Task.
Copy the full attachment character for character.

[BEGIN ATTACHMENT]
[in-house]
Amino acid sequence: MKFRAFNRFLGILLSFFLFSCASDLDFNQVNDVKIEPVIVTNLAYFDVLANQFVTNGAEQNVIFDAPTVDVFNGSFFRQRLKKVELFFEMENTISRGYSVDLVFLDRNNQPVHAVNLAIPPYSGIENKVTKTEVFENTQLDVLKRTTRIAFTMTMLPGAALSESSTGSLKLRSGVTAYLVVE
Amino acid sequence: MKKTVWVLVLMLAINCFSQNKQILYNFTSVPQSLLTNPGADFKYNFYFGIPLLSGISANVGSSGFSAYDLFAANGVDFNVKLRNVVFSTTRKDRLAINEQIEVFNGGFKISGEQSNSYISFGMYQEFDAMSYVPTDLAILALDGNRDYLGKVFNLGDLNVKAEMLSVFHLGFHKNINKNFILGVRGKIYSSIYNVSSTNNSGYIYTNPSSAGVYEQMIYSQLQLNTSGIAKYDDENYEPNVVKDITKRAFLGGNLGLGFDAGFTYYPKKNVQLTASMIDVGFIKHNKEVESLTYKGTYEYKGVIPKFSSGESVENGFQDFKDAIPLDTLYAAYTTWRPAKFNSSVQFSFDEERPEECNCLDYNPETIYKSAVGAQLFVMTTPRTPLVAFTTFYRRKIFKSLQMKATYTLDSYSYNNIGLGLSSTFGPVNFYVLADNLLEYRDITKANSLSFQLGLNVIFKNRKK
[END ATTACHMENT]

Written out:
[in-house]
Amino acid sequence: MKFRAFNRFLGILLSFFLFSCASDLDFNQVNDVKIEPVIVTNLAYFDVLANQFVTNGAEQNVIFDAPTVDVFNGSFFRQRLKKVELFFEMENTISRGYSVDLVFLDRNNQPVHAVNLAIPPYSGIENKVTKTEVFENTQLDVLKRTTRIAFTMTMLPGAALSESSTGSLKLRSGVTAYLVVE
Amino acid sequence: MKKTVWVLVLMLAINCFSQNKQILYNFTSVPQSLLTNPGADFKYNFYFGIPLLSGISANVGSSGFSAYDLFAANGVDFNVKLRNVVFSTTRKDRLAINEQIEVFNGGFKISGEQSNSYISFGMYQEFDAMSYVPTDLAILALDGNRDYLGKVFNLGDLNVKAEMLSVFHLGFHKNINKNFILGVRGKIYSSIYNVSSTNNSGYIYTNPSSAGVYEQMIYSQLQLNTSGIAKYDDENYEPNVVKDITKRAFLGGNLGLGFDAGFTYYPKKNVQLTASMIDVGFIKHNKEVESLTYKGTYEYKGVIPKFSSGESVENGFQDFKDAIPLDTLYAAYTTWRPAKFNSSVQFSFDEERPEECNCLDYNPETIYKSAVGAQLFVMTTPRTPLVAFTTFYRRKIFKSLQMKATYTLDSYSYNNIGLGLSSTFGPVNFYVLADNLLEYRDITKANSLSFQLGLNVIFKNRKK